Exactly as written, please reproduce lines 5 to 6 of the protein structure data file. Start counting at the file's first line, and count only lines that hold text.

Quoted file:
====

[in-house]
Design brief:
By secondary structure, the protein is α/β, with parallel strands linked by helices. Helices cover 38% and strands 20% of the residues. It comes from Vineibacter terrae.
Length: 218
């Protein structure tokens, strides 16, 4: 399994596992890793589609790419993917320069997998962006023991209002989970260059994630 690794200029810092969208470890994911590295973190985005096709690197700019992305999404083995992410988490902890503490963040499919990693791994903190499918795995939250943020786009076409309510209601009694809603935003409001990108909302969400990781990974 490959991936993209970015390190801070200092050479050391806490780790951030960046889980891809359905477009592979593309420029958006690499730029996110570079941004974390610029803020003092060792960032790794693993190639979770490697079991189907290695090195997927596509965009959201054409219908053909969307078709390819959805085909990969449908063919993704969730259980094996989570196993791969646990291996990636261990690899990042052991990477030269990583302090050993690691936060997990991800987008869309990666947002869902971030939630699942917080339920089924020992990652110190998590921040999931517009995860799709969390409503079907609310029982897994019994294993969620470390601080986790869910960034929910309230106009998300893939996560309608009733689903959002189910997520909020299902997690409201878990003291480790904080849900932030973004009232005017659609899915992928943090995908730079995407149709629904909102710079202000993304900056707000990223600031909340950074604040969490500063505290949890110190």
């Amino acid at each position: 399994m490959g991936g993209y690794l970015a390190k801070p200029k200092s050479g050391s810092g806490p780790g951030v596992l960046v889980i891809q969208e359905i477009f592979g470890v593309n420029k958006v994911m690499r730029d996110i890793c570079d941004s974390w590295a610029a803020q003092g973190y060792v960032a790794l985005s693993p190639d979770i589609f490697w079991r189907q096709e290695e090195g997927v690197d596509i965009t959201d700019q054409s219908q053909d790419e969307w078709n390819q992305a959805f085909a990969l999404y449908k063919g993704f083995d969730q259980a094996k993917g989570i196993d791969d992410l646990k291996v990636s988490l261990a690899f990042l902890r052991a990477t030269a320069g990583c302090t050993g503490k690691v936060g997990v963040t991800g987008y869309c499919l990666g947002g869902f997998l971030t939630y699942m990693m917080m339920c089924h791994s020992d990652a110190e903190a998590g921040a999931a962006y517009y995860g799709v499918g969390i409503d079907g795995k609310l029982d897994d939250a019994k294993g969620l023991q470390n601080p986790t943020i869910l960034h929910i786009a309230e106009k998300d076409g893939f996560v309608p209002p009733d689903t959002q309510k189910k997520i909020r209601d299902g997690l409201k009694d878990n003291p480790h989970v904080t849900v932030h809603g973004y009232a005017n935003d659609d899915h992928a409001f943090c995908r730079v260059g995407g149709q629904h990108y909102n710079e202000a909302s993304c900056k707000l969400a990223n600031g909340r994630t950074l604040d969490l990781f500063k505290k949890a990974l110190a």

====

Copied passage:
């Protein structure tokens, strides 16, 4: 399994596992890793589609790419993917320069997998962006023991209002989970260059994630 690794200029810092969208470890994911590295973190985005096709690197700019992305999404083995992410988490902890503490963040499919990693791994903190499918795995939250943020786009076409309510209601009694809603935003409001990108909302969400990781990974 490959991936993209970015390190801070200092050479050391806490780790951030960046889980891809359905477009592979593309420029958006690499730029996110570079941004974390610029803020003092060792960032790794693993190639979770490697079991189907290695090195997927596509965009959201054409219908053909969307078709390819959805085909990969449908063919993704969730259980094996989570196993791969646990291996990636261990690899990042052991990477030269990583302090050993690691936060997990991800987008869309990666947002869902971030939630699942917080339920089924020992990652110190998590921040999931517009995860799709969390409503079907609310029982897994019994294993969620470390601080986790869910960034929910309230106009998300893939996560309608009733689903959002189910997520909020299902997690409201878990003291480790904080849900932030973004009232005017659609899915992928943090995908730079995407149709629904909102710079202000993304900056707000990223600031909340950074604040969490500063505290949890110190």
């Amino acid at each position: 399994m490959g991936g993209y690794l970015a390190k801070p200029k200092s050479g050391s810092g806490p780790g951030v596992l960046v889980i891809q969208e359905i477009f592979g470890v593309n420029k958006v994911m690499r730029d996110i890793c570079d941004s974390w590295a610029a803020q003092g973190y060792v960032a790794l985005s693993p190639d979770i589609f490697w079991r189907q096709e290695e090195g997927v690197d596509i965009t959201d700019q054409s219908q053909d790419e969307w078709n390819q992305a959805f085909a990969l999404y449908k063919g993704f083995d969730q259980a094996k993917g989570i196993d791969d992410l646990k291996v990636s988490l261990a690899f990042l902890r052991a990477t030269a320069g990583c302090t050993g503490k690691v936060g997990v963040t991800g987008y869309c499919l990666g947002g869902f997998l971030t939630y699942m990693m917080m339920c089924h791994s020992d990652a110190e903190a998590g921040a999931a962006y517009y995860g799709v499918g969390i409503d079907g795995k609310l029982d897994d939250a019994k294993g969620l023991q470390n601080p986790t943020i869910l960034h929910i786009a309230e106009k998300d076409g893939f996560v309608p209002p009733d689903t959002q309510k189910k997520i909020r209601d299902g997690l409201k009694d878990n003291p480790h989970v904080t849900v932030h809603g973004y009232a005017n935003d659609d899915h992928a409001f943090c995908r730079v260059g995407g149709q629904h990108y909102n710079e202000a909302s993304c900056k707000l969400a990223n600031g909340r994630t950074l604040d969490l990781f500063k505290k949890a990974l110190a």